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GH2 versus Arri Alexa and F3 (real world testing)
  • Recently directed a two week block of a nature doc where the gh2 was side by side with an F3 and then an Alexa. Overall, everyone was impressed with how well the gh2 stood up -- so much so I take back what I said about the F3 on another forum. I now believe the hacked gh2 may look better than any camera under $20K, even if those cameras are fitted with external recorders.

    In no particular order, here’s some observations for those who are interested:

    Sony F3 with RED 17-50mm zoom outputting nanoflash at psf 140mbps I frame
    Arrix Alexa with a variety of canon bayonet mount lenses shooting to prores HQ 422
    GH2 with kae 3GOP hack with 14, 25 mm (panasonic) and 50mm (FD) primes
    All shooting was done at 23.98 with black frost 1/8th and schiender tru polas

    GH2 versus F3

    We started off shooting the F3 at 100 mbps long GOP and almost barfed when we reviewed the results in the hotel room that night -- the high bit rate did not take away from the very “video” look, and the sensor had no ability whatsoever to handle blowouts -- the sun had disgusting fringy bands around it (although to be fair, this could have been the lens). Switching to I frame improved the “film” though the gh2 still somehow had better cadence -- our DoP, who is much more experienced than me, commented that he always thought panasonic’s cadence at 24 frames was better than other manufacturers and some of that knowledge could have gone into the gh2.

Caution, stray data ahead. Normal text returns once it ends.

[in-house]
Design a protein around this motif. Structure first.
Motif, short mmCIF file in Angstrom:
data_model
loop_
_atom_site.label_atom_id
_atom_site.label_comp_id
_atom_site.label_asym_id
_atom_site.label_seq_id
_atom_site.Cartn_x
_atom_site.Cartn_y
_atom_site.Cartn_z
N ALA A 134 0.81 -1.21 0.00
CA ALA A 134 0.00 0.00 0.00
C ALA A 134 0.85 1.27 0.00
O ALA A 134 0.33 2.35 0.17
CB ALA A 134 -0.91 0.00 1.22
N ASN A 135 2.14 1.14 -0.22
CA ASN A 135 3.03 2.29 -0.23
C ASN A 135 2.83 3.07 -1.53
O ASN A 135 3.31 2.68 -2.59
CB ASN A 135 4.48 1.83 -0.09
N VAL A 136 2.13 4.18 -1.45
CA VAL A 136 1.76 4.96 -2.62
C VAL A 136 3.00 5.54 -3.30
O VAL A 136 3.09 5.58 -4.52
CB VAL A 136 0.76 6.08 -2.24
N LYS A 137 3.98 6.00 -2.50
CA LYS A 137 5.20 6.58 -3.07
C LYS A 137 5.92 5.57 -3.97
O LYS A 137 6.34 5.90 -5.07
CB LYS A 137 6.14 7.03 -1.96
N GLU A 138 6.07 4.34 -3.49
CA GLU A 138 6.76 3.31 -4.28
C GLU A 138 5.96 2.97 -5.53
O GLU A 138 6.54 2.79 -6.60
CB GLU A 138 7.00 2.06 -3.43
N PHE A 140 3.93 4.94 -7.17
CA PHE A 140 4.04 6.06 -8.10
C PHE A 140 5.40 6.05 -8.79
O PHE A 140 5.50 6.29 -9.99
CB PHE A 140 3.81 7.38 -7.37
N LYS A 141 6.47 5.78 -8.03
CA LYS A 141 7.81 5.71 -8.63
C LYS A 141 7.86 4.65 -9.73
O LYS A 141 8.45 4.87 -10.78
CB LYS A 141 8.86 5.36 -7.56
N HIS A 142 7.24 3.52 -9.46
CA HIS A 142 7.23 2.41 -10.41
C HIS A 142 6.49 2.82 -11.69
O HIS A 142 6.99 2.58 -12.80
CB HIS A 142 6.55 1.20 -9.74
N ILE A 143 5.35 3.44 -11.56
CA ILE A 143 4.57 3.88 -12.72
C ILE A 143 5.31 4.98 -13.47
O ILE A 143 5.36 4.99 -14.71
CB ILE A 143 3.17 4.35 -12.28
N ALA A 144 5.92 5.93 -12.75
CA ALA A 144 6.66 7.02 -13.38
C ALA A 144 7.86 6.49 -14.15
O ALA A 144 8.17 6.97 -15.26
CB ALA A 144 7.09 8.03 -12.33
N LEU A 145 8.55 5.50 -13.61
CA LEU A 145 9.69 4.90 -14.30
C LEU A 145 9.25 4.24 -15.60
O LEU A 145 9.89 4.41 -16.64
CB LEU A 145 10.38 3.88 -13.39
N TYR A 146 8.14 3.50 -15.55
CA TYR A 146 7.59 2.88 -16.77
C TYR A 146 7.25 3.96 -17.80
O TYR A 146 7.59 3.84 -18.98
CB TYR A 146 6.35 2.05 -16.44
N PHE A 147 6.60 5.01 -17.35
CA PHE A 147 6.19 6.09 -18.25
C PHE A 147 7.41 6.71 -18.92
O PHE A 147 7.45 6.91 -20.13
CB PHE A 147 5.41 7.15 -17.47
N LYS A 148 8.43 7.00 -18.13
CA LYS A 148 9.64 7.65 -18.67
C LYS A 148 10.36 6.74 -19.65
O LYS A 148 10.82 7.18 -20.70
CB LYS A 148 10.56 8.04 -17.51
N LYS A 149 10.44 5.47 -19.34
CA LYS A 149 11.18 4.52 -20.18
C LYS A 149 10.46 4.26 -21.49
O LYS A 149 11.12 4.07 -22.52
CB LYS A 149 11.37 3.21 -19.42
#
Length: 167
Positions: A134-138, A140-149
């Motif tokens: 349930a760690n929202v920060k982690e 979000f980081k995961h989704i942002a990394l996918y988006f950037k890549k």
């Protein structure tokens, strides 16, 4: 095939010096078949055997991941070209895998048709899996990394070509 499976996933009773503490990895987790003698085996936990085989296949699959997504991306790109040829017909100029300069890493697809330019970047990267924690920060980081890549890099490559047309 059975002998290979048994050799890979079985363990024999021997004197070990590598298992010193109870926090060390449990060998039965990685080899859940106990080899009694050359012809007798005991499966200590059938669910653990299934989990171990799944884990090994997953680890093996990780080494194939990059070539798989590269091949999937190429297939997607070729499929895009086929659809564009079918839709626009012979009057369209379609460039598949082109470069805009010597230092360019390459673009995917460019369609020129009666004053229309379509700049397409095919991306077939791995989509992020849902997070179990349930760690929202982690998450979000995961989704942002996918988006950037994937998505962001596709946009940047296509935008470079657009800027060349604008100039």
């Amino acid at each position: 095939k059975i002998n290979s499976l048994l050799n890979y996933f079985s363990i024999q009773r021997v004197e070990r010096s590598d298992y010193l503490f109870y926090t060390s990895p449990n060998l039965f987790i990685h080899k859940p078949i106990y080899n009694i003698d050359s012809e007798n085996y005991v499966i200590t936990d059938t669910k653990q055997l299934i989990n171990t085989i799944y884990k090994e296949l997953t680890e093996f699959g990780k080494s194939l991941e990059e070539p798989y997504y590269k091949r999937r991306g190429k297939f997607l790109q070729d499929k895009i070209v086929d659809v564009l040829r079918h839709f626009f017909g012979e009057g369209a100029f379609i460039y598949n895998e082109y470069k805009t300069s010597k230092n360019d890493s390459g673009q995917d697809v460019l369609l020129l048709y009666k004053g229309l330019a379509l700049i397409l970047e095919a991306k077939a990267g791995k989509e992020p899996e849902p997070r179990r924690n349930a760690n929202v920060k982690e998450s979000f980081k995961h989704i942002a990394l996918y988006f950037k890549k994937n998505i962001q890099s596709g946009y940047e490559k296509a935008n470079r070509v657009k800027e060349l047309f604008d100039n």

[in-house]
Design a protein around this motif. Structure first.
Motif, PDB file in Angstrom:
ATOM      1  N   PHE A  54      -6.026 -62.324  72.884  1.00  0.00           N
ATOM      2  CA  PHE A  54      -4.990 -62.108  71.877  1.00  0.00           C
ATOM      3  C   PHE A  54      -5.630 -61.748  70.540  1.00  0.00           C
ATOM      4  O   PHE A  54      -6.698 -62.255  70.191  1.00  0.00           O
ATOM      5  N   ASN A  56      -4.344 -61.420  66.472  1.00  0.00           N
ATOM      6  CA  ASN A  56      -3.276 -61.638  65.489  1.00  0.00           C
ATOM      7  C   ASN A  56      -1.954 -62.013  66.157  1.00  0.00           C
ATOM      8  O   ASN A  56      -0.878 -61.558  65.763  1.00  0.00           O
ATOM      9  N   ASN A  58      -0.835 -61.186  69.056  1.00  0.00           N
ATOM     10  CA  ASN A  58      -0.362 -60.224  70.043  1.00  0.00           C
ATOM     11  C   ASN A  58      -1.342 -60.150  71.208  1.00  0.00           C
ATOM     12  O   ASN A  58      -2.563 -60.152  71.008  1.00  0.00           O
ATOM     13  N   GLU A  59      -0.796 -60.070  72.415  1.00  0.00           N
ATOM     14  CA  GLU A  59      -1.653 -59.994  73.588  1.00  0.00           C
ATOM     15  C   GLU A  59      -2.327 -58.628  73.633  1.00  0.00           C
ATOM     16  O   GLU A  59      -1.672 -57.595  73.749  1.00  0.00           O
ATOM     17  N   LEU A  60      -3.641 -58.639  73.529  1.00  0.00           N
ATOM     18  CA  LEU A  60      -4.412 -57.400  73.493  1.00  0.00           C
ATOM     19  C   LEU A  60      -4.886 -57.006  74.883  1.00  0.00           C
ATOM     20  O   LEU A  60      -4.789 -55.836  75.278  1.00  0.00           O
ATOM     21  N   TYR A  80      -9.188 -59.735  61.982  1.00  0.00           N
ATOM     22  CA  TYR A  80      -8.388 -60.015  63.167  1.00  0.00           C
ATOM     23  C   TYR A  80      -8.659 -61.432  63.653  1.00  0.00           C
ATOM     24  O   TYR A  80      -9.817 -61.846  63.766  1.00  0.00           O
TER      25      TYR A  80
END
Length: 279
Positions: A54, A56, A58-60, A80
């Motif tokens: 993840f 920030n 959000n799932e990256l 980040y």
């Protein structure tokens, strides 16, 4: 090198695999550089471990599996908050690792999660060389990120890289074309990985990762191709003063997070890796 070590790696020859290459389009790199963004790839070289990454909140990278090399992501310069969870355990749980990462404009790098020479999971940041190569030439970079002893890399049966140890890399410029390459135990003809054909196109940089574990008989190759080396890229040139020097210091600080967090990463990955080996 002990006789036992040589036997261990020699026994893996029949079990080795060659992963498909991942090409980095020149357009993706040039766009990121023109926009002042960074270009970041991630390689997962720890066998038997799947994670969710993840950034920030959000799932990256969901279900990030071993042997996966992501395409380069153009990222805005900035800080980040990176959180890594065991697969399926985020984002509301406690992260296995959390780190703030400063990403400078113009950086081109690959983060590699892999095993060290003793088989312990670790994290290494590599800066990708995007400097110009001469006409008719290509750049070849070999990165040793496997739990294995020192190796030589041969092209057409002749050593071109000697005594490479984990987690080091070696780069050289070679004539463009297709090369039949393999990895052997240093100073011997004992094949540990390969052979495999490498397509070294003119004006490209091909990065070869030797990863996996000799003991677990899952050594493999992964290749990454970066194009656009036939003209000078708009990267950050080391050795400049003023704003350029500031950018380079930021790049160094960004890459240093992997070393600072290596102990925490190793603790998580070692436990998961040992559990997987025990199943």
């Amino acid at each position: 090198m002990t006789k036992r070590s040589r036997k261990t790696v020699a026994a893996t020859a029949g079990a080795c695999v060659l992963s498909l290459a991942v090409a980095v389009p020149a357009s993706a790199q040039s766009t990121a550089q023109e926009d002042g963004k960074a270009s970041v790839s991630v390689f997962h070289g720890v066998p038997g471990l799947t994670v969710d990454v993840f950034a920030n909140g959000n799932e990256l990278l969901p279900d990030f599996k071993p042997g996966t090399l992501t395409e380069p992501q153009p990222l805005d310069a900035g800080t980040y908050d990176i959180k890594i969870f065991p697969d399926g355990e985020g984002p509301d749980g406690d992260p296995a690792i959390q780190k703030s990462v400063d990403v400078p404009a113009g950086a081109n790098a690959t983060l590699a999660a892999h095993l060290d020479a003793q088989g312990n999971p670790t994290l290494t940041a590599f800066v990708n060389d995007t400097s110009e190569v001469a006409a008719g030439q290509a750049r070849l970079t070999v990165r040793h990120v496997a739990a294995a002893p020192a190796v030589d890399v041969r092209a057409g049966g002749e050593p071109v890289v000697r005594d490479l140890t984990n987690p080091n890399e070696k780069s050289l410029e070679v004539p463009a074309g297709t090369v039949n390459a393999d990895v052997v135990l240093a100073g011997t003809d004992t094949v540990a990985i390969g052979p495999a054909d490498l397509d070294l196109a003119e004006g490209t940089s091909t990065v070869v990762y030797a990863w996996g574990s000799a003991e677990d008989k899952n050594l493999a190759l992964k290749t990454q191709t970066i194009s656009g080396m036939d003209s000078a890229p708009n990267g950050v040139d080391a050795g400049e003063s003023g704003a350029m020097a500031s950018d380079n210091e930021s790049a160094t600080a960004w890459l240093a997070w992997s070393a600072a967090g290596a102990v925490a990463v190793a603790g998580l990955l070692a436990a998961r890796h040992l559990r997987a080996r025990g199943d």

Much like how the gh2 trumps the canon SLRS in terms of aliasing and moire, it maintained a slight edge over the f3 with nano in these categories as well -- we were shooting a lot in forested areas at the aliased fringing on foliage was less noticeable with the gh2 than with the f3.
    Colour Rendition. Although we did not have much time to play with custom colour profiles on the f3, the general impression was that the f3 handled reds better and the gh2 handled greens better. Overall, the F3’s look was much more like the richness you’d get off a 5D, while the gh2 (at -2,-2,0,-2) had a slightly drained film look while still rending beautiful green tones. Obviously, for nature documentary, greens are more important than reds, so once again the Gh2 was the winner.

    We were unable to test the gh2 and f3 with only available light, but with a controlled lighting setup, the two stacked up very well. We used the f3 to cover wides and mediums and the gh2 with 50 mm fd to cover the headshot. Overall, the cameras were comparable -- they both handled blacks very well, exhibited minimal noise (in both cases, when there was noise, it was quite pleasing) and experienced no aliasing around the edge of the interview subject, even with a back and top light.

    The gh2 did show a noticeable red shift in low light -- I had to click the +G up about four spots on the colour balance and go a few 100 K cooler than the F3; even then we will be doing some colour correct to bring down the red a bit.